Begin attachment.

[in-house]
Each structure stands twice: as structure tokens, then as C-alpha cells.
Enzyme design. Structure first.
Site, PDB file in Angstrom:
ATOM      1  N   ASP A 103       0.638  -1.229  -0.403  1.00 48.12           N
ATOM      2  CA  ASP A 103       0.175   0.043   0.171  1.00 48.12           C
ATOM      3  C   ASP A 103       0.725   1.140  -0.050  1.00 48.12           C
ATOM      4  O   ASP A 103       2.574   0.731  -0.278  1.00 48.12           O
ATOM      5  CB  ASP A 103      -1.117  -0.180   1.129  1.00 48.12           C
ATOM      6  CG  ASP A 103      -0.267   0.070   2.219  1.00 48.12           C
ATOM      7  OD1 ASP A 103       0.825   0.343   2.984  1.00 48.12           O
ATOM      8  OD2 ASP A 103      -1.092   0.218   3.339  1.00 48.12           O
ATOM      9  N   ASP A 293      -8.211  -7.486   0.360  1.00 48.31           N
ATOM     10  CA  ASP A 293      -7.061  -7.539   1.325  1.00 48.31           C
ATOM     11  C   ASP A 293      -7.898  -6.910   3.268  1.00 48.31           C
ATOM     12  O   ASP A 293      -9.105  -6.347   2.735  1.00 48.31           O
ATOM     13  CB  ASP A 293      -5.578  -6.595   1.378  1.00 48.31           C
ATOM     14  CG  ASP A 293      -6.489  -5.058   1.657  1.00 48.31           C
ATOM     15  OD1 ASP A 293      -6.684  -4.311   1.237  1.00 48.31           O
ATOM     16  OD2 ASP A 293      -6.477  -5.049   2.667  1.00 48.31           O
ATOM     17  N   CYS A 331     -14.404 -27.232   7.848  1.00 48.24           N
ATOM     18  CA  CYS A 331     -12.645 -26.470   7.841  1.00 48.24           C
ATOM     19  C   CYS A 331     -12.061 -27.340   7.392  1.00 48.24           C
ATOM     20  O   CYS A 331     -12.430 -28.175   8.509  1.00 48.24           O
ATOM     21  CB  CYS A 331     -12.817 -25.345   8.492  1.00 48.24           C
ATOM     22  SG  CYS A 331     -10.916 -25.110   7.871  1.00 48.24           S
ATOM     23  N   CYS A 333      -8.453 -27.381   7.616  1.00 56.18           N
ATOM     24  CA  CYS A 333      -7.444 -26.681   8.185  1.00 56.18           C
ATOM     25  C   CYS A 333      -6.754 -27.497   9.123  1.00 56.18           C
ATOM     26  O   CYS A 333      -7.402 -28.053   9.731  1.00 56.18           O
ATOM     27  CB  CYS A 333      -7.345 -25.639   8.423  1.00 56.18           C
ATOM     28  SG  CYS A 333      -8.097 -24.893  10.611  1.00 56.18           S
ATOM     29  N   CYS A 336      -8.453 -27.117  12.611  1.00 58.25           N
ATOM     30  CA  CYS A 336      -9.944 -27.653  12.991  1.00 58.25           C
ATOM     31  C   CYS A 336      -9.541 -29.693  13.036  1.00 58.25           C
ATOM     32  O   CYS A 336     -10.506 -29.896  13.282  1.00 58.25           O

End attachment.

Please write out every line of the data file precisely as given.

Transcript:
[in-house]
Each structure stands twice: as structure tokens, then as C-alpha cells.
Enzyme design. Structure first.
Site, PDB file in Angstrom:
ATOM      1  N   ASP A 103       0.638  -1.229  -0.403  1.00 48.12           N
ATOM      2  CA  ASP A 103       0.175   0.043   0.171  1.00 48.12           C
ATOM      3  C   ASP A 103       0.725   1.140  -0.050  1.00 48.12           C
ATOM      4  O   ASP A 103       2.574   0.731  -0.278  1.00 48.12           O
ATOM      5  CB  ASP A 103      -1.117  -0.180   1.129  1.00 48.12           C
ATOM      6  CG  ASP A 103      -0.267   0.070   2.219  1.00 48.12           C
ATOM      7  OD1 ASP A 103       0.825   0.343   2.984  1.00 48.12           O
ATOM      8  OD2 ASP A 103      -1.092   0.218   3.339  1.00 48.12           O
ATOM      9  N   ASP A 293      -8.211  -7.486   0.360  1.00 48.31           N
ATOM     10  CA  ASP A 293      -7.061  -7.539   1.325  1.00 48.31           C
ATOM     11  C   ASP A 293      -7.898  -6.910   3.268  1.00 48.31           C
ATOM     12  O   ASP A 293      -9.105  -6.347   2.735  1.00 48.31           O
ATOM     13  CB  ASP A 293      -5.578  -6.595   1.378  1.00 48.31           C
ATOM     14  CG  ASP A 293      -6.489  -5.058   1.657  1.00 48.31           C
ATOM     15  OD1 ASP A 293      -6.684  -4.311   1.237  1.00 48.31           O
ATOM     16  OD2 ASP A 293      -6.477  -5.049   2.667  1.00 48.31           O
ATOM     17  N   CYS A 331     -14.404 -27.232   7.848  1.00 48.24           N
ATOM     18  CA  CYS A 331     -12.645 -26.470   7.841  1.00 48.24           C
ATOM     19  C   CYS A 331     -12.061 -27.340   7.392  1.00 48.24           C
ATOM     20  O   CYS A 331     -12.430 -28.175   8.509  1.00 48.24           O
ATOM     21  CB  CYS A 331     -12.817 -25.345   8.492  1.00 48.24           C
ATOM     22  SG  CYS A 331     -10.916 -25.110   7.871  1.00 48.24           S
ATOM     23  N   CYS A 333      -8.453 -27.381   7.616  1.00 56.18           N
ATOM     24  CA  CYS A 333      -7.444 -26.681   8.185  1.00 56.18           C
ATOM     25  C   CYS A 333      -6.754 -27.497   9.123  1.00 56.18           C
ATOM     26  O   CYS A 333      -7.402 -28.053   9.731  1.00 56.18           O
ATOM     27  CB  CYS A 333      -7.345 -25.639   8.423  1.00 56.18           C
ATOM     28  SG  CYS A 333      -8.097 -24.893  10.611  1.00 56.18           S
ATOM     29  N   CYS A 336      -8.453 -27.117  12.611  1.00 58.25           N
ATOM     30  CA  CYS A 336      -9.944 -27.653  12.991  1.00 58.25           C
ATOM     31  C   CYS A 336      -9.541 -29.693  13.036  1.00 58.25           C
ATOM     32  O   CYS A 336     -10.506 -29.896  13.282  1.00 58.25           O